Understanding to make compost is the first step in making a more environmentally friendly garden, and growing stronger, healthier plants. Making your own compost helps build a greener garden in every way.
I’ve lived with some of the smallest gardens imaginable, but have always made space for compost no matter how small, as it improves everything about your soil, and saves huge amounts of money every year.
Read on to learn how to make compost at home and its many benefits.
Things to Know Before Learning How to Compost
In this guide, we’ll be exploring not just how to make compost, but how making compost can improve your plant health, the science of compost, what to add to your compost pile, and how to make a compost bin to get you started on your home composting.
Benefits on Making Your Own Compost
Let’s get the obvious out the way. Making compost saves money. A quarter-ton bag of compost can cost up to $10 from a garden centre or DIY store, and is just a fraction of the amount of compost your garden is capable of producing every year.
What’s more, you’re saving the planet by doing it; whether it’s by cutting out peat in your garden, and taking a stand against destructive peat harvesting, or just cutting down on emissions from trips to buy compost.
For me though, the biggest benefits of making my own compost are on my mental health. Every gardener will tell you that connecting to your plants is good for the soul, but truly understanding the nutrient cycle in your garden gives you a whole new level of understanding.
Turning the compost at the start of spring is a key moment in the garden year. You know it’s time to get back to serious work!
1. Compost Improves Soil Structure
Aside from your own relationship to the garden, making your own compost actually improves the soil structure, and is better for your garden soil than buying compost from other sources.
There is an entire universe of life under the soil in your garden, and feeding it with the nutrients plants have taken out the previous year helps to sustain that life.
As you lay compost over the soil, worms travel to the surface, and mix it back through the soil below. Even the most compacted earth can be revived by annual mulching over a few years without ever having to dig.
As the creatures in your soil dig the compost through into the ground below, they create air channels, loosening the soil, and those channels are filled with great water retaining materials that help all sorts of plants to thrive.
If you’ve ever heard gardeners talk about ‘moisture retentive, well-drained, potting mixes’ homemade compost is exactly that. Essentially, it holds water and slowly releases it, but the rotted plant materials can only hold so much.
That means, really simply, that they release excess moisture deeper into the soil, preventing your plants from rotting and over saturating.
2. Compost Adds Nutrients to Soil
Some plants, and kitchen waste, make incredible additions to a compost pile. The roots of beans actually produce nitrogen and release it back into the soil every year.
If you want to truly improve your nitrogen levels, mixing last year’s bean crop, roots and all into your compost is a brilliant way to do it. But all plant matter and kitchen waste is useful on the compost heap.
It all helps your homemade compost pile rot into one great carbon store, that will feed and fertilize plants
3. Compost Reduces Your Water Use in the Garden
Layering compost over your soil at the start of every gardening year is a great way to reduce water use, which can save you money and help the environment in the process.
Mulching with compost stops soil from drying out, and protects roots from drying out in months where the sun would ordinarily bake the soil.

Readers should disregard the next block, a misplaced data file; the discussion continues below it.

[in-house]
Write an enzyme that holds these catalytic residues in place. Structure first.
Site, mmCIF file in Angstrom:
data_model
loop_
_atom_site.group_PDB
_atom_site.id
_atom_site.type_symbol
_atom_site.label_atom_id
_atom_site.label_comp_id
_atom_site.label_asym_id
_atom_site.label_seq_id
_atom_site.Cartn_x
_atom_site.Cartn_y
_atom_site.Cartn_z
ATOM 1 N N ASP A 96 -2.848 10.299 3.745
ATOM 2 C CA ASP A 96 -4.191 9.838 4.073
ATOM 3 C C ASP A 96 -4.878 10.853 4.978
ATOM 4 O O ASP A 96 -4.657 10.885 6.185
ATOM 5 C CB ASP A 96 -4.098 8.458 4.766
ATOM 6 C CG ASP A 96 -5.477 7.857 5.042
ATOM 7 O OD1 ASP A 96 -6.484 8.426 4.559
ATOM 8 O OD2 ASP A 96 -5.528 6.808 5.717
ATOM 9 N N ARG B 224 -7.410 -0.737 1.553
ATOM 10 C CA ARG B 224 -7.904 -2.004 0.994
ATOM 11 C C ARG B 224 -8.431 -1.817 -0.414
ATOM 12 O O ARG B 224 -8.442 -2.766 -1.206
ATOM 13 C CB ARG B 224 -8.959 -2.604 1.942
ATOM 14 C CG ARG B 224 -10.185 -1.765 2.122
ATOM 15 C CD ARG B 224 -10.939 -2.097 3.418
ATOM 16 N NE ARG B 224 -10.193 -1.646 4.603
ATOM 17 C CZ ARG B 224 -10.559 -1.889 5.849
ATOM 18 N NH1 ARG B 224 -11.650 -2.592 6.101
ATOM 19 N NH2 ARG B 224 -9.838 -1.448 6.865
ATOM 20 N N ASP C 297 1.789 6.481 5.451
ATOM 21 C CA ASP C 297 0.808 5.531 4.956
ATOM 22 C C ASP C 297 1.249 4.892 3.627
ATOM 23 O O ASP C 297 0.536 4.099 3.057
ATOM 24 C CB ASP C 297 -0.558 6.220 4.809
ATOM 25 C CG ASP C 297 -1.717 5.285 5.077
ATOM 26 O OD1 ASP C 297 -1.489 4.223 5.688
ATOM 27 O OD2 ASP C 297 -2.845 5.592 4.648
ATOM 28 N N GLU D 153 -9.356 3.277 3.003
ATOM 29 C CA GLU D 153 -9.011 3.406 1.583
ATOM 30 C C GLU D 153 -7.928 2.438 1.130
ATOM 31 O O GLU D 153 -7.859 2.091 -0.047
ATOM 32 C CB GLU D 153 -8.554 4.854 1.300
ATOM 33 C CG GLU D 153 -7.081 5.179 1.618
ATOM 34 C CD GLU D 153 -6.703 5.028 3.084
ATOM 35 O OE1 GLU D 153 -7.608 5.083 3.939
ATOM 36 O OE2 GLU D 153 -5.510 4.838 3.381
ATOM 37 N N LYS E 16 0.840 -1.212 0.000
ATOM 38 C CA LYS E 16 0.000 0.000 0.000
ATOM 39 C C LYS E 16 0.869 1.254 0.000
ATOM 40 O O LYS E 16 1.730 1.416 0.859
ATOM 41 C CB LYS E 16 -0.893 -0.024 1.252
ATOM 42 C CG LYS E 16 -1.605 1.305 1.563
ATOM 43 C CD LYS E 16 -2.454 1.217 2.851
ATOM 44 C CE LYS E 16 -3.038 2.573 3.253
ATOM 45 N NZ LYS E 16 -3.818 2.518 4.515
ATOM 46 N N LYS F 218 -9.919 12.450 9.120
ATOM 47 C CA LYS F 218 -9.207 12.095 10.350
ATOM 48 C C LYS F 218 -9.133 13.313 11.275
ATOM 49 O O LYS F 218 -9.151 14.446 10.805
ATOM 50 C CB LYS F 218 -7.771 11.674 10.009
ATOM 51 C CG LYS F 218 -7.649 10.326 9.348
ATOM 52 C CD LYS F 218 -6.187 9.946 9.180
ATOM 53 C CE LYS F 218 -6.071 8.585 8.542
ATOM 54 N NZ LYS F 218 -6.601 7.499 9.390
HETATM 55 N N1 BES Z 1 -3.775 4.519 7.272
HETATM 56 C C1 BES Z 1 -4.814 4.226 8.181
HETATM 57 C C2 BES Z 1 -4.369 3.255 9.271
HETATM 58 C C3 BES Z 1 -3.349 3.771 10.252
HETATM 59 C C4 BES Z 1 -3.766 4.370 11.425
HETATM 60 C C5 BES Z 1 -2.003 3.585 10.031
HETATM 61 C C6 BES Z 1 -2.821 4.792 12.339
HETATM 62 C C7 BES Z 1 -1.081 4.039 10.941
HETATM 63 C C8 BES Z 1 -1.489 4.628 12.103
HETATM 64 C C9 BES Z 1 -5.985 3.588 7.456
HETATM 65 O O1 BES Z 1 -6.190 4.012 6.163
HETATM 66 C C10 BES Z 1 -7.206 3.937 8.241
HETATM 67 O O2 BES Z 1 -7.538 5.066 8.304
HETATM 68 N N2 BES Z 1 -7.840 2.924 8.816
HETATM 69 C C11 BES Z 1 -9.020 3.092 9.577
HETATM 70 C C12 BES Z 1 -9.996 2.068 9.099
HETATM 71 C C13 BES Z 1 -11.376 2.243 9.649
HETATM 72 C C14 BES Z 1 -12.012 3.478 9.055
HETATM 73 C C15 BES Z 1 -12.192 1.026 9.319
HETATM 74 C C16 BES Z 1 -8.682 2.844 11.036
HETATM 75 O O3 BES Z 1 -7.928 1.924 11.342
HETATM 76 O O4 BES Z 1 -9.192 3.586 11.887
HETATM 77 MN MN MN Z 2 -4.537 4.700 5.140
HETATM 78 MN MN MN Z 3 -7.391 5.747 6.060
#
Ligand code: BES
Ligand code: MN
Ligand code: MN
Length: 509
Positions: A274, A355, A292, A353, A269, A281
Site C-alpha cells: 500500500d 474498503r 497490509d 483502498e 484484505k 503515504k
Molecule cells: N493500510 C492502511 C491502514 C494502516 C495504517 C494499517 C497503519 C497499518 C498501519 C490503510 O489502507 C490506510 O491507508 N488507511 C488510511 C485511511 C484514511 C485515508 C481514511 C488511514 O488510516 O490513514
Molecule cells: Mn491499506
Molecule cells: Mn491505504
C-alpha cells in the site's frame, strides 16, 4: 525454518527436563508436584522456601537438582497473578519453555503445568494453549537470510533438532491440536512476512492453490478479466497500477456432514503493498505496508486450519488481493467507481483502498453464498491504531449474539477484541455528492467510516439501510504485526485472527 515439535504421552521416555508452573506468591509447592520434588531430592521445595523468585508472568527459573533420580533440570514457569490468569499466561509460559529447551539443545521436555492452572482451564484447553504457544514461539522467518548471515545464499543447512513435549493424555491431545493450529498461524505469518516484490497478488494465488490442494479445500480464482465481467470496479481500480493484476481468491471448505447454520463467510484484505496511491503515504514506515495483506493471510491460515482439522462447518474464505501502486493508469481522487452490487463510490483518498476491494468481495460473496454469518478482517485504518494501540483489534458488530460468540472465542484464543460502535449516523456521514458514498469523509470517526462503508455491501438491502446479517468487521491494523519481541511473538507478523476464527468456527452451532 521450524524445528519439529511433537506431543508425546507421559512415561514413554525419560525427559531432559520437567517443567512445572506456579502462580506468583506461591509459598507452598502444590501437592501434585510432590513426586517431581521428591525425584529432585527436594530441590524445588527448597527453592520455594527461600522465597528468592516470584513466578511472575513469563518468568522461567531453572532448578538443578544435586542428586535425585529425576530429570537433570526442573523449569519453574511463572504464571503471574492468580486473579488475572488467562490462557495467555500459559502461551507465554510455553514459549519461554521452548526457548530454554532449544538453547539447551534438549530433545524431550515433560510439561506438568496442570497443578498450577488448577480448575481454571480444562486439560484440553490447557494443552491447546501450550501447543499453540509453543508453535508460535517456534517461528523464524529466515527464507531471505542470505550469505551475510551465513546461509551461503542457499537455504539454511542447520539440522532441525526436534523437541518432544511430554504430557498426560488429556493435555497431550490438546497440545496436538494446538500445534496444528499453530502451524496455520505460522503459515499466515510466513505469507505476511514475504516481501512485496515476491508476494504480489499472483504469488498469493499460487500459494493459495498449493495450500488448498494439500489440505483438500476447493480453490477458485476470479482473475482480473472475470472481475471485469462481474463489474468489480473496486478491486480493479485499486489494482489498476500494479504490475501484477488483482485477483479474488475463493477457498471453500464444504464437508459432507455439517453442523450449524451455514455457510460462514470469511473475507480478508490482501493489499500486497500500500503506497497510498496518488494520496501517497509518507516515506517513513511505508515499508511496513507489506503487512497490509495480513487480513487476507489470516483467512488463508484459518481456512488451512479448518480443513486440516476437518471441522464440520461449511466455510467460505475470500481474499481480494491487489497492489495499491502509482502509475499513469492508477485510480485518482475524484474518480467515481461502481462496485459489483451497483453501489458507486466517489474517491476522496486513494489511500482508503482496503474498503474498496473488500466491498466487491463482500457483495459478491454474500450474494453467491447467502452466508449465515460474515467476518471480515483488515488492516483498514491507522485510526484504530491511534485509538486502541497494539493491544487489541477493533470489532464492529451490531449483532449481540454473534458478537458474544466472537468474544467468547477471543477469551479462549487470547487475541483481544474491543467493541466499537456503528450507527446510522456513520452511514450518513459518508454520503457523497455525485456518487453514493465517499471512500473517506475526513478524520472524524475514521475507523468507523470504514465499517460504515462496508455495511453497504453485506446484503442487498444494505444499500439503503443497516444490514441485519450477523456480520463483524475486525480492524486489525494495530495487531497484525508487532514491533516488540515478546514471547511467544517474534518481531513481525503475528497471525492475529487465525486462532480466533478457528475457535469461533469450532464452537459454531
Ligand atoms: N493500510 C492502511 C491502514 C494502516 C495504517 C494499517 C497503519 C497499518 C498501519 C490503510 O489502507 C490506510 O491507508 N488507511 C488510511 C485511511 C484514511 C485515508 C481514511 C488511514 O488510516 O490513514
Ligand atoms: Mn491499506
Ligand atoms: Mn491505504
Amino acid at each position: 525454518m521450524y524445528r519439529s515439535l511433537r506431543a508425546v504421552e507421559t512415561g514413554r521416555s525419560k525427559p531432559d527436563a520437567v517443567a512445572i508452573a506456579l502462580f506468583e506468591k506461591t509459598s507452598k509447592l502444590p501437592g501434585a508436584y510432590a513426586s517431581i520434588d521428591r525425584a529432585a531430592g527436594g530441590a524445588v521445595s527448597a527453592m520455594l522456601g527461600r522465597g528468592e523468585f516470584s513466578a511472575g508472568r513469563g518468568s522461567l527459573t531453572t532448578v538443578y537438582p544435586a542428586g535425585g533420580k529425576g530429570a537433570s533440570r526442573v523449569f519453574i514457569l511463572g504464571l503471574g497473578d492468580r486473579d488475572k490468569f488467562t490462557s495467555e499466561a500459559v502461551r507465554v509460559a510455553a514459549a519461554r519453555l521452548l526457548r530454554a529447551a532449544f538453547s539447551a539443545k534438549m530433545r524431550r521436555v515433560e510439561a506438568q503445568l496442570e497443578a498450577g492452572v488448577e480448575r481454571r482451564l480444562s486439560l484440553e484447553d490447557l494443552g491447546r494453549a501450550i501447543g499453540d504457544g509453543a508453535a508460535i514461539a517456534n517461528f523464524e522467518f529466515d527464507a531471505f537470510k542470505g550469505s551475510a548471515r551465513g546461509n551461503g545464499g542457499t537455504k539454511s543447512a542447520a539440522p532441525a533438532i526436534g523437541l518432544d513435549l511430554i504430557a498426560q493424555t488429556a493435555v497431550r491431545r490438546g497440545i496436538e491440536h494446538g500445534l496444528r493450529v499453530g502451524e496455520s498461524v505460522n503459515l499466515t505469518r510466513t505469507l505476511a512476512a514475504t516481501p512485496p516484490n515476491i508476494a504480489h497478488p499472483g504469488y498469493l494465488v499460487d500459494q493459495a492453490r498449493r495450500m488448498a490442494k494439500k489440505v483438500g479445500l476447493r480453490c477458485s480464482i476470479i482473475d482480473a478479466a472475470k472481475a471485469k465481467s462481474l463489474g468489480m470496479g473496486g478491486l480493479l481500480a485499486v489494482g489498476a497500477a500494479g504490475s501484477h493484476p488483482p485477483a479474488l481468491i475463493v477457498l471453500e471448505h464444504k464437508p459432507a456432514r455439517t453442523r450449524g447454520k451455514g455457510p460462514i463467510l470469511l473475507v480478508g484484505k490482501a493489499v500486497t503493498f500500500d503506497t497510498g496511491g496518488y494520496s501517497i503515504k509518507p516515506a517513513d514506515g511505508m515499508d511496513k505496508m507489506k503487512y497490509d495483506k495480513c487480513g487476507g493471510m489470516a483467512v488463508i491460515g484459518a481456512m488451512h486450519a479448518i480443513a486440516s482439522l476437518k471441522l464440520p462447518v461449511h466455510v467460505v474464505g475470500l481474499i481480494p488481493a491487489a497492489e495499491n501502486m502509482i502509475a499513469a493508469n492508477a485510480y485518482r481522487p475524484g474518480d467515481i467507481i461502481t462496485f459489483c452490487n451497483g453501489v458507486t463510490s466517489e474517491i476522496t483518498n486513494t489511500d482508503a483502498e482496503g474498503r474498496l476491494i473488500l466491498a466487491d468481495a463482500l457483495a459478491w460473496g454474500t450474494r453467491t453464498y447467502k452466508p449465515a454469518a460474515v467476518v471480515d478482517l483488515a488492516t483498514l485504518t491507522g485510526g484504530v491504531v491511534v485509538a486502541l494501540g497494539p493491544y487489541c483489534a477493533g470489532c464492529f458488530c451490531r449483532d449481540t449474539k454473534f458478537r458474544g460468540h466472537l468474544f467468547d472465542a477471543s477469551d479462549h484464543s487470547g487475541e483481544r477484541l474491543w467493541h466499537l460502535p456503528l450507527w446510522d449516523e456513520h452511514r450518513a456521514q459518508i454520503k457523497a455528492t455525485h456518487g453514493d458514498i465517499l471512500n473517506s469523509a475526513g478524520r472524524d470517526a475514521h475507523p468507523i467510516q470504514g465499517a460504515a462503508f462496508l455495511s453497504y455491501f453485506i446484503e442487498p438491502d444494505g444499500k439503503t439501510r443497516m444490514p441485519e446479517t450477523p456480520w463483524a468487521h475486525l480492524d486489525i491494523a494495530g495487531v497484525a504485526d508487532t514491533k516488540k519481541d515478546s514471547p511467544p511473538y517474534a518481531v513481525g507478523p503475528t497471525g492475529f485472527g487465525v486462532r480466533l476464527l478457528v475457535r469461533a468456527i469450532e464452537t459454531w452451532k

4. Home Composting Help Reduce Pests and Diseases
Shop bought compost is usually treated, but some pests, weeds and plant diseases – including fungal infections like tomato blight – can break through.
By using your own compost, you are reducing the chances of importing these diseases into your garden. A good mulch can also reduce common pests in the garden by burying the roots they are attracted to.
For smaller homes which don't have the space for big compost bins or tumblers, we suggest looking into getting a compost grinder you can easily put in your kitchen.
How Does Compost Work?
Making your own compost means learning how to compost, and not just what to do, but why you’re doing it. Composting is a completely natural process, and as gardeners we seek to embrace and control our little patch of nature.
Compost happens in nature just as easily as it does in our gardens, but our tendency to want to organize every inch of our space means we put our entire compost pile in one basket.
In nature, leaves drop from trees, get gathered by wind at the base of a tree, bush or bank, and will slowly rot down over winter. Their decomposition is sped up by worms, slugs, woodlice, beetles and millions of other microorganisms attracted by the heat.
As that process progresses, the temperature of the compost pile rises, and worms slowly dig rotting leaves down into the soil. In our gardens, the process is exactly the same, particularly with leaf mold (the easiest compost to make, which we will explore later).
We gather cuttings, grass clippings, kitchen scraps and shredded logs, and layer them up. Everything else is done by the microorganisms already present in our gardens.
How to Start Composting
To start making a compost pile in your own garden, you have a few things to consider. First, how big is your garden? If you’re working with a relatively small space, there are some kinds of compost heap that won’t work, but a simple leaf bin can be perfect.
A few years ago, in our smallest garden (10ftx5ft), we used an old narrow water butt, with a few holes drilled in, and a drainage hatch at the base, to compost dry leaves that gathered in front of the house, in combination with raw vegetable waste from the kitchen.
That was based on the 50/50 compost rule: 50% brown, 50% green. The combination of dry and wet gives the compost pile the moisture it needs to produce the conditions for faster decomposition.
Today we have a bigger garden, and what some might see as a more industrial setup for making compost, but it still uses that same basic 50/50 compost rule to get going.
But before I dive into the different kinds of compost piles, compost bins and compost rotations, we’d better start with the basics: how to make compost at home.
How to Make Compost
So, there are a few different rules to make compost at home, but really as long as you remember to maintain a good mix of green and brown waste, you’ll be fine.